* The Holy Bible
* An Introduction to the New Testament, Fr. Denis Farkasfalvy
* Textbook Supplement (Study Questions), Fr. Denis Farkasfalvy
* Handouts (to be distributed through the course of the semester)
* Notebook (for class notes)
* Loose-leaf paper (for turning in quizzes/homework)
Themes of the
I. Return from Babylonian Exile/Restoration
A closer look at the messianic prophecies of Jeremiah and Second
Exam 1 – Week of Sept. 3 - 7
An survey of Jewish/Pagan cultures and messianic expectations at the
time of Jesus.
Exam 2 – Week of Sept. 24 - 28
III. What is a "Gospel"?
A comparative study of the Four Gospel accounts and their distinctive
Exam 3 – Week of Oct. 22 - 26
The Infancy Narratives
The Calling of his first disciples
Exam 4 – Week of Nov. 12 - 16
A survey of Jesus' use of parables in his ministry and an analysis of
several key parables regarding the Kingdom of God.
Parable Project: Students will be assigned a parable from the Gospels
and are asked to present a detailed parable analysis highlighting their
own reflections and insights. The Project is intended to re-enforce basic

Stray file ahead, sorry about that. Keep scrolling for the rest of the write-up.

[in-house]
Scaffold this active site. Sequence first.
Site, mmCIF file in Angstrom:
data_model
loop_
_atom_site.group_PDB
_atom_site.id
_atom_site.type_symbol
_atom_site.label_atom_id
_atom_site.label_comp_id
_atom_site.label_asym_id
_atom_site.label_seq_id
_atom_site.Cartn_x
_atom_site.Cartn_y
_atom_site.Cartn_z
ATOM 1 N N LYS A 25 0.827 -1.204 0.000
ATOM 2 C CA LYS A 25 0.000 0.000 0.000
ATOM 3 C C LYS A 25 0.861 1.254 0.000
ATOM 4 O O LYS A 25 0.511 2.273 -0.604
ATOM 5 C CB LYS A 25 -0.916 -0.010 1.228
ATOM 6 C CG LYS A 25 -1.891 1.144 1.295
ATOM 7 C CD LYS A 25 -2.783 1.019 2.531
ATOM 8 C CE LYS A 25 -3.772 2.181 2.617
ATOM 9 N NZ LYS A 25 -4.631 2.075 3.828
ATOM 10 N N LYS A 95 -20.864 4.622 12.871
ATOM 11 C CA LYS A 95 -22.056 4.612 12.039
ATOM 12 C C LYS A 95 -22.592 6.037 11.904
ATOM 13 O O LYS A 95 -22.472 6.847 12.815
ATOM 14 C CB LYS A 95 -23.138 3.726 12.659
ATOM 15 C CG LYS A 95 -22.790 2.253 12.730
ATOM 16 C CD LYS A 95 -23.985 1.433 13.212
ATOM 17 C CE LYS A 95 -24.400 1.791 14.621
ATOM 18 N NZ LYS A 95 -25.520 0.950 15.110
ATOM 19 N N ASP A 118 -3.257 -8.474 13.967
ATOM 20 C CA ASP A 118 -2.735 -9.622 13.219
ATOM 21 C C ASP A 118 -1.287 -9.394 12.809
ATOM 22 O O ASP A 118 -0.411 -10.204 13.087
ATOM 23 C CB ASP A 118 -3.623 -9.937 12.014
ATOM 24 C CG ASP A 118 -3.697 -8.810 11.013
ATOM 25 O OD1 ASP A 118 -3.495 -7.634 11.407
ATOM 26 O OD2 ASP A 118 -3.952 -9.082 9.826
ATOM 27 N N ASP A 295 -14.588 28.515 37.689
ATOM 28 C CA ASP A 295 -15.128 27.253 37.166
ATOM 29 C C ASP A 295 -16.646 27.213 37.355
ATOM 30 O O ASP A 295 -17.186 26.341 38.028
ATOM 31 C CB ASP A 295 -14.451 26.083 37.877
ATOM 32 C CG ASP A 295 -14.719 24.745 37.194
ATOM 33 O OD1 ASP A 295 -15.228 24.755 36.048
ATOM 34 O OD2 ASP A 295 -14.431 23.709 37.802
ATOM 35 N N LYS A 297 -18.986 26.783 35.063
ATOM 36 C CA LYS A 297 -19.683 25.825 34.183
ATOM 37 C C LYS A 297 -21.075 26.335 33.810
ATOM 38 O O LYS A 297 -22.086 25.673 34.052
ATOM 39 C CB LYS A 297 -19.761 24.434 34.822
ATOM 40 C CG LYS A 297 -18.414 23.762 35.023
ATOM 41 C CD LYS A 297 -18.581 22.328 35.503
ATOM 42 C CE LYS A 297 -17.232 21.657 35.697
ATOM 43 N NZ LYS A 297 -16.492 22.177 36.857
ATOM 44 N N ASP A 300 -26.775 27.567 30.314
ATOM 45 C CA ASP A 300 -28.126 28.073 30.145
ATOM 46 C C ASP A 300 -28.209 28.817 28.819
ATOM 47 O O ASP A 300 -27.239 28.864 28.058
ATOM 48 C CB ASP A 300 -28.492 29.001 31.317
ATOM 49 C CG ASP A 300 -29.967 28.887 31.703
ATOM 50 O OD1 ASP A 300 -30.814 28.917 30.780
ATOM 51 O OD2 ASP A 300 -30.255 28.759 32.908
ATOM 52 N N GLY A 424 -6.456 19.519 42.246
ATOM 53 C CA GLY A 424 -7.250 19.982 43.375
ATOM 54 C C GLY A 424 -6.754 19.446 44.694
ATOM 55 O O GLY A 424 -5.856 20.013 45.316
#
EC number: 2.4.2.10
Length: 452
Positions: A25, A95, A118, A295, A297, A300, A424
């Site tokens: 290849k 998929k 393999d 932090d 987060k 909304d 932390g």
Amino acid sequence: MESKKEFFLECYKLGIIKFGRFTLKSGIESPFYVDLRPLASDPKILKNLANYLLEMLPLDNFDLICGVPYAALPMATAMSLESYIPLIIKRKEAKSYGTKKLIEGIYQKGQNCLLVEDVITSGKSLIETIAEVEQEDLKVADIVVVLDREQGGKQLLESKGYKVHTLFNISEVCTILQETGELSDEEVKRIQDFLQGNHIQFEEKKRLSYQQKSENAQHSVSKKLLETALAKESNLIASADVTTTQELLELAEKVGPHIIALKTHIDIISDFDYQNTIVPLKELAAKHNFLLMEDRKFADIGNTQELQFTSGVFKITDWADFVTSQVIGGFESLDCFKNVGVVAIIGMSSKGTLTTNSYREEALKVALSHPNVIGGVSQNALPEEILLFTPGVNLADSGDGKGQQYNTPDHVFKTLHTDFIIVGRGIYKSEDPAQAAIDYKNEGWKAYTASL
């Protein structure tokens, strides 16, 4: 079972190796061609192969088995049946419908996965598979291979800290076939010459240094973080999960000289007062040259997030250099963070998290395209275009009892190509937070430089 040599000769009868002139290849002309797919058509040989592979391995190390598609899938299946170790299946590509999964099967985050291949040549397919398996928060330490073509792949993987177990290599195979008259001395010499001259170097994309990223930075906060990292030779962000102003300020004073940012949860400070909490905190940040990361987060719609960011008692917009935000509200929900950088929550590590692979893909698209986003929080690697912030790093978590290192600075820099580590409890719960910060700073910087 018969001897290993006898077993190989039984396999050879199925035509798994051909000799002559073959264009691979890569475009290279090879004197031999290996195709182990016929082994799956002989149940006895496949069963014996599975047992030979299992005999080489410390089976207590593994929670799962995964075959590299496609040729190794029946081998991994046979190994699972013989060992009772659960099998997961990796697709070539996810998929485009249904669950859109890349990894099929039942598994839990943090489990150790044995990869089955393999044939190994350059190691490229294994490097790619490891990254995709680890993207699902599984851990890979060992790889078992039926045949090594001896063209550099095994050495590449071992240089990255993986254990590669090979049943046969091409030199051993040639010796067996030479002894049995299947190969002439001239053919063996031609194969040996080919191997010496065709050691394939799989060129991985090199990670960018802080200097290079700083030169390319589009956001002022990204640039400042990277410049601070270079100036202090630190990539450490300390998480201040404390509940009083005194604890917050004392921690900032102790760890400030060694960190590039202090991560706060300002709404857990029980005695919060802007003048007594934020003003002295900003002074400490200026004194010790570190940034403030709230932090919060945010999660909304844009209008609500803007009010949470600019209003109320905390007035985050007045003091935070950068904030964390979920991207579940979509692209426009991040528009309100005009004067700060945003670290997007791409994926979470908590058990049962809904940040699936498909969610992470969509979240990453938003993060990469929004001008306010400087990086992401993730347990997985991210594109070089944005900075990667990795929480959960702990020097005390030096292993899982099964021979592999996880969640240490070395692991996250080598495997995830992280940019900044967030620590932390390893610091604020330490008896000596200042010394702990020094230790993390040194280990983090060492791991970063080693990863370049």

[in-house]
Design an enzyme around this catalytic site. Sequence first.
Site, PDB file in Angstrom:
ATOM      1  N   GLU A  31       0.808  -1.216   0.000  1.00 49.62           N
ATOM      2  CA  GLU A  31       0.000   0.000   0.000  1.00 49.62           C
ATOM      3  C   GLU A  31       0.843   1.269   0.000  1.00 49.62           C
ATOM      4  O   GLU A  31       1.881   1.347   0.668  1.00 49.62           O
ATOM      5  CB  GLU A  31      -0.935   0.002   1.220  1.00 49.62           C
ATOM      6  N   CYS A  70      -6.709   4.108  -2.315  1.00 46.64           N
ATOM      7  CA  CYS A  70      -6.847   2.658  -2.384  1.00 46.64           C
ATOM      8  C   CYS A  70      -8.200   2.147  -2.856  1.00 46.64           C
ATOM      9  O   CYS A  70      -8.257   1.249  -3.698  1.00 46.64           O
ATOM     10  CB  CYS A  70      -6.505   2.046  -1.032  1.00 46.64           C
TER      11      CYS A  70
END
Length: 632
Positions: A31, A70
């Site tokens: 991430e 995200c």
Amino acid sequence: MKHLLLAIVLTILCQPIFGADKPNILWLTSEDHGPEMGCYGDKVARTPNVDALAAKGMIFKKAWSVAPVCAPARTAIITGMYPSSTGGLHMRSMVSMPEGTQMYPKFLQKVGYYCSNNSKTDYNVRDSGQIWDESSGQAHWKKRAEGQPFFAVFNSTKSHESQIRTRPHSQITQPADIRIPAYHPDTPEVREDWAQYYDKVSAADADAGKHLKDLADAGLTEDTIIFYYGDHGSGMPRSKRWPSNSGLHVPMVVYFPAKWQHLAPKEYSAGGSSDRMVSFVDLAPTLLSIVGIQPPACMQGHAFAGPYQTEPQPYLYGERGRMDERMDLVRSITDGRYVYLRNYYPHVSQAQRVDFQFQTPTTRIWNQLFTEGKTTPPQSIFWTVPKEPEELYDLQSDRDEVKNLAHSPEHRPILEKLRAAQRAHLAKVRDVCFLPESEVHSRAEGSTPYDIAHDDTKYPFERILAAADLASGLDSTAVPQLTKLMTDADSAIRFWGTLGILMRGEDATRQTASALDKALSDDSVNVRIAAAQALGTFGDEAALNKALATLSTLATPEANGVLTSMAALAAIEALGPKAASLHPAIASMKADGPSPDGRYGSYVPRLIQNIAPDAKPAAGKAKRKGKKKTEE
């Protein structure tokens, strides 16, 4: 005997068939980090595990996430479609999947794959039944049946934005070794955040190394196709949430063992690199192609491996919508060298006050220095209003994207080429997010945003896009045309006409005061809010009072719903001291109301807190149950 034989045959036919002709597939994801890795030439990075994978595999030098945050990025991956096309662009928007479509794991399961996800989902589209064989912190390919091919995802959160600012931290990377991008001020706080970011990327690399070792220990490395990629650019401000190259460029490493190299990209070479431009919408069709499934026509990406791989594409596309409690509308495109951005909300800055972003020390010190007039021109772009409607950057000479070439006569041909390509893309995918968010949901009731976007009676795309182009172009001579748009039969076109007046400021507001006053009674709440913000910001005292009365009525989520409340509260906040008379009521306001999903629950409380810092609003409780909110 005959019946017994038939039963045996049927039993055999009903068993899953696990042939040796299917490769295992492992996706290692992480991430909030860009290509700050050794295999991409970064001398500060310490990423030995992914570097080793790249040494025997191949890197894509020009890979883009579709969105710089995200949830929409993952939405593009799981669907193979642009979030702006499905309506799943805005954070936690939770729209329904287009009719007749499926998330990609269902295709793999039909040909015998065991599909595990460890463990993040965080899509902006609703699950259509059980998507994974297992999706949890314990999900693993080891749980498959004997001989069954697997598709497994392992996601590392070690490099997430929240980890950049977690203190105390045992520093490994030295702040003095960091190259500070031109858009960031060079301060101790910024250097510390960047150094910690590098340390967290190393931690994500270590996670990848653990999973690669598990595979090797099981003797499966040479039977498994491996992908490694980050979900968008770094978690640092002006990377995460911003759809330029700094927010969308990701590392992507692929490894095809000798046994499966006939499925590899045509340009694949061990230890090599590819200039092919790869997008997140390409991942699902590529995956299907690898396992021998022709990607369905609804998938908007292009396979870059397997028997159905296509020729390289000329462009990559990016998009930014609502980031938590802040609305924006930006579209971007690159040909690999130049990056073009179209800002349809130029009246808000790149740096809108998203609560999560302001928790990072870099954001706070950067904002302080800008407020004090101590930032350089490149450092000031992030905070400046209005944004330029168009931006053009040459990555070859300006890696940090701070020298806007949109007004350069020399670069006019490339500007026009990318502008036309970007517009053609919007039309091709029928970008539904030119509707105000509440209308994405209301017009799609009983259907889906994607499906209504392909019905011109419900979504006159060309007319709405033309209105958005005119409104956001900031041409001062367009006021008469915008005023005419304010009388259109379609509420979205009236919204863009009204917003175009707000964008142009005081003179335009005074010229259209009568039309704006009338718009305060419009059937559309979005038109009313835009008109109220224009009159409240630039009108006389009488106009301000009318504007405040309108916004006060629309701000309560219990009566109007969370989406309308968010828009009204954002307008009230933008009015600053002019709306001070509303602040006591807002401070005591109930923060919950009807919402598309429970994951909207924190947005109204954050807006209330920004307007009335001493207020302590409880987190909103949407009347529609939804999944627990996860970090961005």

research and writing skills, as well as helping students develop a greater
familiarity with the use of concordances, biblical commentaries, and
other resources for gaining further insight into a text.
Exam 5 – Week of Dec. 10 - 14
Review for Semester Exam - Week of Dec. 6 - 10
Students are expected to complement material discussed in class through independent biblical reading. Through the course of the Fall Semester students must read excerpts (approx. 1 chapter) from the Gospel of St. Mark on a weekly basis. Students will be quizzed on the assigned chapter at the beginning of each Thursday class.
60% Average of six chapter exams, 1 semester
exam, and Parable Project
Project will be weighed as two chapter exams)
30% Average of daily quizzes/homework
(homework includes a weekly reading of the Acts of
10% Class Participation
The Bible itself is the primary source for the course this semester with the textbook and class discussions as merely means to better understand the New Testament. Students will be held responsible for material treated in the textbook as well as information treated in class discussion. Personal reflection and outside of class discussions on the New Testament with classmates and family is a fundamental aim of the course.